A fallen tree snapped a utility pole, took down wires,...

A fallen tree snapped a utility pole, took down wires, and crushed an automobile on Grandview St. in Huntington on Aug. 5 after Tropical Storm Isaias struck the Long Island area, downing trees and causing power outages. Credit: Newsday/Thomas A. Ferrara

Storm damage costs in the aftermath of Tropical Storm Isaias varied widely across Long Island, with some municipalities paying nothing or a few hundred thousand dollars for overtime, to others paying more than $25 million for debris removal.

The most expensive cleanups from the Aug. 4 storm fell to Brookhaven and Huntington towns, with $28 million and $26 million, respectively. East Hampton performed its street cleanup in-house during regular work hours, incurring no additional cost -- the lowest of the town’s that responded to Newsday requests for estimates.

Many town officials said they will look to the federal government to help recoup some of that money, but it is uncertain whether they will be reimbursed or what percent of their costs will be paid out.

Brookhaven Town Supervisor Edward P. Romaine said the storm came at “the worst time as we get through this coronavirus,” which has caused town revenue losses that will affect spending decisions this year and next.

“FEMA [Federal Emergency Management Agency] has not indicated whether they are going to reimburse us,” for the storm, Romaine said during a town board meeting broadcast online Thursday. “We’re facing challenging times.”

Brookhaven’s tally included more than $15 million for “hazardous trees,” or those hanging over roads and/or near power lines, according to figures provided to Newsday.

Nassau spokesman Mike Fricchione said the county’s Department of Public Works, responsible for tree clearing on roads, spent $263,000 in overtime costs.  Figures from the county traffic management department, responsible for maintaining traffic signals, was not available, Fricchione said.

Suffolk County’s Department of Public Works spent $97,175 in overtime costs, said Derek Poppe, a spokesman for County Executive Steve Bellone.

While the tropical storm brought less rain than expected, its winds packed a wallop and led to fallen trees landing on homes, cars, utility poles and streets throughout the Island. The National Weather Service said the storm, which lasted just several hours, produced wind gusts ranging from 60 mph to 70 mph, topping out at 78 mph in Farmingdale at 1:46 p.m.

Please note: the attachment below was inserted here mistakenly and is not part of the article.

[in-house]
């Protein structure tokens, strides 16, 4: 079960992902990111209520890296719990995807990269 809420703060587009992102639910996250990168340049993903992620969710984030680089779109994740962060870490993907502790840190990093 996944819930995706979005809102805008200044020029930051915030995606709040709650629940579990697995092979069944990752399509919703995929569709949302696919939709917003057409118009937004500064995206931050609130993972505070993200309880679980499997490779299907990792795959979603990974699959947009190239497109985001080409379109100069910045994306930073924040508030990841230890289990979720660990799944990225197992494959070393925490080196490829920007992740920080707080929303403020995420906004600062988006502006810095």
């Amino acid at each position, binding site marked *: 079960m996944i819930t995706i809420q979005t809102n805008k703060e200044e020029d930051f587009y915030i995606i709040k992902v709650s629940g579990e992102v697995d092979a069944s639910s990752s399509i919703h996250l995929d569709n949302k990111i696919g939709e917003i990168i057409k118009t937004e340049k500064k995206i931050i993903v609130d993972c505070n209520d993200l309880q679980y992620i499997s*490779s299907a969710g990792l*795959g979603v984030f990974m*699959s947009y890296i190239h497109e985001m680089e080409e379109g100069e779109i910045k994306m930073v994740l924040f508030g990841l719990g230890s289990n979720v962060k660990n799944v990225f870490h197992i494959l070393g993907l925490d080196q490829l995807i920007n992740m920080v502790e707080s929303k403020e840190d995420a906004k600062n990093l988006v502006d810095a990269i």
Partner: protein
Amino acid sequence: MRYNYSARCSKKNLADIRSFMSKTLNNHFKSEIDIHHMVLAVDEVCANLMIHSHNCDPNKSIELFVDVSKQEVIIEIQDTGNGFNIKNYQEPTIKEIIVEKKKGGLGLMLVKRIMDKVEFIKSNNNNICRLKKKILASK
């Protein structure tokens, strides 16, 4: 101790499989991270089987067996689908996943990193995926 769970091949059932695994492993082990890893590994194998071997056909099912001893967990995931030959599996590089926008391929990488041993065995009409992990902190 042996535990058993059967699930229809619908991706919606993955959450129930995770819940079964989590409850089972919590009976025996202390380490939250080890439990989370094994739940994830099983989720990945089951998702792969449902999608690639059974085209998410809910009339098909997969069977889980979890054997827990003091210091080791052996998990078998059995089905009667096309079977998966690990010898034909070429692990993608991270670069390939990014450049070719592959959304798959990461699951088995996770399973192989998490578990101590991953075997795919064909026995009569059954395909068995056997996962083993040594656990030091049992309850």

“The storm had its own dimension,” said Riverhead Town Supervisor Yvette Aguiar, noting that Wading River took the worst hit in her town. “They weren’t Category 1 or 2 winds, but the impact in the short amount of time it lasted in Riverhead had the result of a Category 1 hurricane.”

Storm cleanup cost about $300,000 in her town, she said.

Huntington Town Supervisor Chad Lupinacci estimated recovery will take about two months to complete as approximately 1,200 trees and major tree debris needed removal following the storm. At the highway yard in East Northport, cleanup has left a mountain of waste that is as tall as the storage facilities there, he said.

“We’ve estimated there will be a total of 150,000 cubic yards of storm debris in that pile when all is said and done,” Lupinacci said.

The town has paid $8 million in overtime costs, which it has already sent to FEMA for reimbursement, according to Highway Superintendent Kevin Orelli. His office said the town will reduce overtime beginning the week of Aug. 31.

In Brookhaven, Highway Superintendent Dan Losquadro said it was a “Herculean effort” to remove trees and debris from hundreds of streets throughout the town. Officials expect it will take another two weeks to finish an initial cleanup of all roads before returning to hard-hit areas to remove any remaining debris, Losquadro said.